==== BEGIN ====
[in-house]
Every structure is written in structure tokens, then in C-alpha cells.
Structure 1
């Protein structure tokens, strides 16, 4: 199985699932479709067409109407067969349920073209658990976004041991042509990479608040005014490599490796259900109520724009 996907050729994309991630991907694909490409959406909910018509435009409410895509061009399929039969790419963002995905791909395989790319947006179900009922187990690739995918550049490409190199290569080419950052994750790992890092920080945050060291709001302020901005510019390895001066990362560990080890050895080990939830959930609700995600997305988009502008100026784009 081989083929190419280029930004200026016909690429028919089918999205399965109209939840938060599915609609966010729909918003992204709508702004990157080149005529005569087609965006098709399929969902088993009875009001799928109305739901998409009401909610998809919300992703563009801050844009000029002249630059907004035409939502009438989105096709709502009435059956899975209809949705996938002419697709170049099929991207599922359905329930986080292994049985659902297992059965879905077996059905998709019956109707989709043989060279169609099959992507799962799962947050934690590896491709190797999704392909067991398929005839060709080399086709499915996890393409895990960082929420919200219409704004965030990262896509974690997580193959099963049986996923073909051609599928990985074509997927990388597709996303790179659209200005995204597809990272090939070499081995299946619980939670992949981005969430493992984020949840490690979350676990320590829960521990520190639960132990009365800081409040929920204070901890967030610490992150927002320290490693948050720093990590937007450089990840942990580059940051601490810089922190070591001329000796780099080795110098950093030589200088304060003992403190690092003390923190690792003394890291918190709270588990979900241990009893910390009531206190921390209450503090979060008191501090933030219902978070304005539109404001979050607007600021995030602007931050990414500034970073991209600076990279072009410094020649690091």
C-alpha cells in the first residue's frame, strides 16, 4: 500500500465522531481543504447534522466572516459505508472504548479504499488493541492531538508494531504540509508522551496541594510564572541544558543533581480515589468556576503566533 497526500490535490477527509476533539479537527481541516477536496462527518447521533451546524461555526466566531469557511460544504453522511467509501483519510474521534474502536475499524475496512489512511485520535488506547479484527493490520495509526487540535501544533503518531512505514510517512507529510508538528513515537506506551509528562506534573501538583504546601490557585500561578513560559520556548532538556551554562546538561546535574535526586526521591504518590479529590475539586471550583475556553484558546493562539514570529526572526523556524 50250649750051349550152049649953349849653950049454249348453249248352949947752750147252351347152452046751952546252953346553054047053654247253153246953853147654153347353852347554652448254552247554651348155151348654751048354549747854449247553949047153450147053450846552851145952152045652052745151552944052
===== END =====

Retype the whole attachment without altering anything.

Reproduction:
[in-house]
Every structure is written in structure tokens, then in C-alpha cells.
Structure 1
């Protein structure tokens, strides 16, 4: 199985699932479709067409109407067969349920073209658990976004041991042509990479608040005014490599490796259900109520724009 996907050729994309991630991907694909490409959406909910018509435009409410895509061009399929039969790419963002995905791909395989790319947006179900009922187990690739995918550049490409190199290569080419950052994750790992890092920080945050060291709001302020901005510019390895001066990362560990080890050895080990939830959930609700995600997305988009502008100026784009 081989083929190419280029930004200026016909690429028919089918999205399965109209939840938060599915609609966010729909918003992204709508702004990157080149005529005569087609965006098709399929969902088993009875009001799928109305739901998409009401909610998809919300992703563009801050844009000029002249630059907004035409939502009438989105096709709502009435059956899975209809949705996938002419697709170049099929991207599922359905329930986080292994049985659902297992059965879905077996059905998709019956109707989709043989060279169609099959992507799962799962947050934690590896491709190797999704392909067991398929005839060709080399086709499915996890393409895990960082929420919200219409704004965030990262896509974690997580193959099963049986996923073909051609599928990985074509997927990388597709996303790179659209200005995204597809990272090939070499081995299946619980939670992949981005969430493992984020949840490690979350676990320590829960521990520190639960132990009365800081409040929920204070901890967030610490992150927002320290490693948050720093990590937007450089990840942990580059940051601490810089922190070591001329000796780099080795110098950093030589200088304060003992403190690092003390923190690792003394890291918190709270588990979900241990009893910390009531206190921390209450503090979060008191501090933030219902978070304005539109404001979050607007600021995030602007931050990414500034970073991209600076990279072009410094020649690091």
C-alpha cells in the first residue's frame, strides 16, 4: 500500500465522531481543504447534522466572516459505508472504548479504499488493541492531538508494531504540509508522551496541594510564572541544558543533581480515589468556576503566533 497526500490535490477527509476533539479537527481541516477536496462527518447521533451546524461555526466566531469557511460544504453522511467509501483519510474521534474502536475499524475496512489512511485520535488506547479484527493490520495509526487540535501544533503518531512505514510517512507529510508538528513515537506506551509528562506534573501538583504546601490557585500561578513560559520556548532538556551554562546538561546535574535526586526521591504518590479529590475539586471550583475556553484558546493562539514570529526572526523556524 50250649750051349550152049649953349849653950049454249348453249248352949947752750147252351347152452046751952546252953346553054047053654247253153246953853147654153347353852347554652448254552247554651348155151348654751048354549747854449247553949047153450147053450846552851145952152045652052745151552944052